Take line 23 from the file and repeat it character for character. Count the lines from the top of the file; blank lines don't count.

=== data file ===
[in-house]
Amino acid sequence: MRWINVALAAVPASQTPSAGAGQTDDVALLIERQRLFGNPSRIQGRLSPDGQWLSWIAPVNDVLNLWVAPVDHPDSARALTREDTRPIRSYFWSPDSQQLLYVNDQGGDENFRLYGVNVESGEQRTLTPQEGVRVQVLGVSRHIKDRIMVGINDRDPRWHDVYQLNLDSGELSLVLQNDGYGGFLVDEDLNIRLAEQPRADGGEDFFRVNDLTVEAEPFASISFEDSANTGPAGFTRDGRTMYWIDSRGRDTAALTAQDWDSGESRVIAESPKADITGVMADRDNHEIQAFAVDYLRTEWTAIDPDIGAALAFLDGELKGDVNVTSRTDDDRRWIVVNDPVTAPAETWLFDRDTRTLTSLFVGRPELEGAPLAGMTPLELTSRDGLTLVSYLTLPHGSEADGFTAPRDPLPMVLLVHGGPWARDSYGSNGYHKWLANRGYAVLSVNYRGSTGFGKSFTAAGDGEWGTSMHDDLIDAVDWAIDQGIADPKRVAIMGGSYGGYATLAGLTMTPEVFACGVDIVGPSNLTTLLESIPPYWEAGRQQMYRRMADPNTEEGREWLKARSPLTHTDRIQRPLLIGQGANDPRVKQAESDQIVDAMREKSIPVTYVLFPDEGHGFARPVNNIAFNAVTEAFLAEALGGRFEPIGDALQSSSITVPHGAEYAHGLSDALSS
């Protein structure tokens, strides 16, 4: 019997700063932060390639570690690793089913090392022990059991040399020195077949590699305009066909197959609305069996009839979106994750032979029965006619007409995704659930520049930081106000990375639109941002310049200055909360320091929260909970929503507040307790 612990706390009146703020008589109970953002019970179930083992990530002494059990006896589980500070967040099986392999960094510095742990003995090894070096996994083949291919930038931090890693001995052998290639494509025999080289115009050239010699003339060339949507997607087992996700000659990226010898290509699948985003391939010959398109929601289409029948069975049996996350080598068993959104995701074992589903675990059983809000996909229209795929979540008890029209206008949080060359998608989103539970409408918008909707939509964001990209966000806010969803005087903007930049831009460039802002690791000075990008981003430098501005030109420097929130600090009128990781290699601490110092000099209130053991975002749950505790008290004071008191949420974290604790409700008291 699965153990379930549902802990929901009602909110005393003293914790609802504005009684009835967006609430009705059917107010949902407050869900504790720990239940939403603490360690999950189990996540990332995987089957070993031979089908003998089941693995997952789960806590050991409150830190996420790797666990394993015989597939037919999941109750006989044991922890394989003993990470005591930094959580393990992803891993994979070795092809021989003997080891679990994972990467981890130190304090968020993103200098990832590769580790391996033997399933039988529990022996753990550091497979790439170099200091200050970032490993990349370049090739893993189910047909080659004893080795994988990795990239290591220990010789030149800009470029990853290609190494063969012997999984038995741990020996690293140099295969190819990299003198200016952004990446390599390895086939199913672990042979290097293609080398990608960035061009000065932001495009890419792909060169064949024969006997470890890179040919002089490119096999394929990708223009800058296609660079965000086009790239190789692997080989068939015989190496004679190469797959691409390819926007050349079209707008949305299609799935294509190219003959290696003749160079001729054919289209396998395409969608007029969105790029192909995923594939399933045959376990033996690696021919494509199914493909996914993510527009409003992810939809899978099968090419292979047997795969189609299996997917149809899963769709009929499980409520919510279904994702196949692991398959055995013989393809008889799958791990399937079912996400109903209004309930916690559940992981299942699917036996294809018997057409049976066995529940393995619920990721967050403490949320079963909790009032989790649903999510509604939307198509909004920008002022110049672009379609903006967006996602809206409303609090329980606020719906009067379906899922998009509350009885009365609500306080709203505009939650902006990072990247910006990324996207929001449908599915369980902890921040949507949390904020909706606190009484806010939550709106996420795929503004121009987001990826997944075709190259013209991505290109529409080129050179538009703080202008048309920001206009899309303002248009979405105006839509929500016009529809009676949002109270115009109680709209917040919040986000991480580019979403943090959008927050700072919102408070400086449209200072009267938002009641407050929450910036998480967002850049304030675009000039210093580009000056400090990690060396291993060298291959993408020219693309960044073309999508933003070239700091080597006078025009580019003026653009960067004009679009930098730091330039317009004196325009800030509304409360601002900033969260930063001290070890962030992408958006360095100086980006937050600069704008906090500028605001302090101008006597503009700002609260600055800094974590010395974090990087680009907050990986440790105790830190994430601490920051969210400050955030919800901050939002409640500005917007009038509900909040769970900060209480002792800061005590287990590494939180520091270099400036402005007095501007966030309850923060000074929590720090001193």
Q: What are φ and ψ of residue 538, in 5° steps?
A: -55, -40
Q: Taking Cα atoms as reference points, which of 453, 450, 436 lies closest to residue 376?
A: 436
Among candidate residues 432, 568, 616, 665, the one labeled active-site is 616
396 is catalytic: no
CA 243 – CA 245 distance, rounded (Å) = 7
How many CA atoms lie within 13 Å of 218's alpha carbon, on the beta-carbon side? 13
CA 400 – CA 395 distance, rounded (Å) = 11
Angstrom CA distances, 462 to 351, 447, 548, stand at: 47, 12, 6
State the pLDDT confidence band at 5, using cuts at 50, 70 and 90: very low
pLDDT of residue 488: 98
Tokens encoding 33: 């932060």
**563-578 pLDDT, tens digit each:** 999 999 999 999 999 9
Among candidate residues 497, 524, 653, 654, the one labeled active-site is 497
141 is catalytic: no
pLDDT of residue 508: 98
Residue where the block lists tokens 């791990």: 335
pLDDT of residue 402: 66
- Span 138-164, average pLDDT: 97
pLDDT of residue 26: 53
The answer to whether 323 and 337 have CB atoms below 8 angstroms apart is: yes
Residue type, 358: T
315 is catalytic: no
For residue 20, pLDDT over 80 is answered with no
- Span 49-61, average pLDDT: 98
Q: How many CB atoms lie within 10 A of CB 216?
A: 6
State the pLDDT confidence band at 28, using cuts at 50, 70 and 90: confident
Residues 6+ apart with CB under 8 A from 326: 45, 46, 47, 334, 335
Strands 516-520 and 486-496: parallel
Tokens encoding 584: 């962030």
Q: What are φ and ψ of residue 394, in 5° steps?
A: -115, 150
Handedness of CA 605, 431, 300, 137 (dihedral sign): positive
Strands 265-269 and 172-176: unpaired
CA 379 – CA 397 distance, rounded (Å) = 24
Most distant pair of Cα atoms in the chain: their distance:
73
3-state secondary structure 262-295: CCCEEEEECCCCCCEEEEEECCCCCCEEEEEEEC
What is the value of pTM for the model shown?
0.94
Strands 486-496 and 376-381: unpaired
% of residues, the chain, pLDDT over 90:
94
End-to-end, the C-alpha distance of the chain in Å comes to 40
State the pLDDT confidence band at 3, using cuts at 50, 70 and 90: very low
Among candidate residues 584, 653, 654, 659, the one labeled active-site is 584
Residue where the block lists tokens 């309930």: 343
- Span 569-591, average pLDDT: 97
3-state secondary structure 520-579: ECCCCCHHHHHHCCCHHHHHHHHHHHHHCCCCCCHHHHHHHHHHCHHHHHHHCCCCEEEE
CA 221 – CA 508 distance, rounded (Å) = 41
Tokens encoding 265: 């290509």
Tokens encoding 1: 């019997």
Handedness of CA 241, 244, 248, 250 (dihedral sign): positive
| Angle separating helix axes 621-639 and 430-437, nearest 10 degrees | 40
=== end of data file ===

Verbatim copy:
- Span 138-164, average pLDDT: 97